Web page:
Trauma is a serious injury or
to the body. It is caused by a physical force, such as violence or an accident. The injury may be complicated by psychiatric, behavioral, and social factors. This can cause the disability to be greater than just physical injuries.
Brain Trauma from Whiplash
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Some causes of trauma include: Motor vehicle accidentsFallsNear-drowningGunshotsFires and burnsStabbingOther physical assaultFire, flood, earthquake, lightening, or other natural disasterContact sportsElectrical shockAnimal attacksExplosionsPlane crashes
Some factors increase your chances of developing trauma. You are at increased risk if you are aged 1-44 years.
The symptoms associated with trauma vary and depend on the type of injuries you have suffered. Some symptoms may include: Breathing problemsBleeding Loss of feeling and/or muscle strength
In addition, the following psychological effects may occur in response to trauma: Anxiety, numbness, dissociation and/or inappropriate calmnessAnger and frustrationAcute stress disorder such as distress, memories, avoidance, and numbing in the months after traumaDepressionPost-traumatic symptoms and/or disorderAvoidance and public anxiety
A medical team will assess your symptoms and medical history. A physical exam will be done. It may include a chest exam, abdomen and pelvis exam, exam of extremities, and a neurologic exam. A psychological exam and/or suicide assessment may also be done.
Your bodily fluids may be tested. This can be done with blood tests.
Your vital signs may be tested. This can be done with: Blood pressure measurementRespiratory monitoringElectrocardiogram (EKG)
Imaging tests can be used to evaluate the injured area. These may include: Chest x-rayAbdominal ultrasoundCT scanSpine x-rayAngiography
Treatment usually includes the following: Resuscitation and/or stabilization to normalize vital signs, control blood loss, and restore organ function Further surgeries and/or treatmentsCognitive-behavioral therapy (CBT) to address ongoing psychological symptoms from the trauma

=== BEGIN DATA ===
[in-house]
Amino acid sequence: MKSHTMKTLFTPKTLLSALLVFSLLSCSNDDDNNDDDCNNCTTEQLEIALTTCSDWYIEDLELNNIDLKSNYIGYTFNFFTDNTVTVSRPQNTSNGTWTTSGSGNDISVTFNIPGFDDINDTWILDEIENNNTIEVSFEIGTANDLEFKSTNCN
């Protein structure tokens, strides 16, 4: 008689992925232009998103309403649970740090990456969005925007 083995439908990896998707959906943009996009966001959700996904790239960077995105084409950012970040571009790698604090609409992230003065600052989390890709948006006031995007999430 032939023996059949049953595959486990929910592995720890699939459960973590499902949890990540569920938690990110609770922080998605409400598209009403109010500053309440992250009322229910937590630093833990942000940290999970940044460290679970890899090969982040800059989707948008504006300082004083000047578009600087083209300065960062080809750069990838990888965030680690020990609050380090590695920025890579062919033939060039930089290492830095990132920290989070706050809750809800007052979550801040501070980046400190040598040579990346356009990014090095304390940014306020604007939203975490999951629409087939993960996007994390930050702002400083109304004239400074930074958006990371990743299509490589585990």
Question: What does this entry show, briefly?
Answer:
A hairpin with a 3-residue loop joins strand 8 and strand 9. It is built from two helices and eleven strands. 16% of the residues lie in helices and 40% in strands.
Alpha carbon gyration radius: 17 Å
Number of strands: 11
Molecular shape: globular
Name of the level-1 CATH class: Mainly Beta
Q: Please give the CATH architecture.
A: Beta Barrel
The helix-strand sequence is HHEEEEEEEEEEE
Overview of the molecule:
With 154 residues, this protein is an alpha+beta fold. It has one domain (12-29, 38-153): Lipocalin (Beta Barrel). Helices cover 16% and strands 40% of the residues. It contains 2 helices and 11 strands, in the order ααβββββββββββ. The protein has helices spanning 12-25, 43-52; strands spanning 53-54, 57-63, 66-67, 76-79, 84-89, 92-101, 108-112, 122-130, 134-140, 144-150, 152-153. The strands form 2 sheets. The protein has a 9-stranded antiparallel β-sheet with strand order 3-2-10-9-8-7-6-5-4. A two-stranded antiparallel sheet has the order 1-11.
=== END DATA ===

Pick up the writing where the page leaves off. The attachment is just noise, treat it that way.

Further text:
To help reduce your chance of trauma: Always use seat belts.Never drive or operate any equipment while under the influence of alcohol or drugs. Certain medications can be dangerous as well.Do not use a cell phone while driving.Keep poisons, medication, and cleaning supplies locked up. Keep them away from small children.Teach children to swim. Teach all family members about water safety.Develop a fire safety plan.Make sure all alarm and fire equipment is up to date such as smoke alarms, carbon monoxide alarms, and fire extinguishers.If you have firearms in the house, make sure they are kept unloaded. Keep them in a locked location.Wear helmets while biking.Wear the right safety equipment for all sports and recreation activities.Wear appropriate protective gear when using power tools.Help prevent falls in the home. Install night-lights, grab bars, and hand rails.Avoid putting yourself at risk for an accident, violence, or other physical trauma.
Majou R, Farmer A. ABC of psychological medicine: trauma. BMJ. 2002;325:426.
Trauma. EBSCO DynaMed website. Available at: http://www.ebscohost.com/dynamed. Accessed September 15, 2014. Accessed November 4, 2014.
Trauma fact sheet. National Institute of General Medical Sciences website. Available at:
Updated November 2012. Accessed November 4, 2014.
Last reviewed November 2014 by Peter Lucas, MD
Please be aware that this information is provided to supplement the care provided by your physician. It is neither intended nor implied to be a substitute for professional medical advice. CALL YOUR HEALTHCARE PROVIDER IMMEDIATELY IF YOU THINK YOU MAY HAVE A MEDICAL EMERGENCY. Always seek the advice of your physician or other qualified health provider prior to starting any new treatment or with any questions you may have regarding a medical condition.
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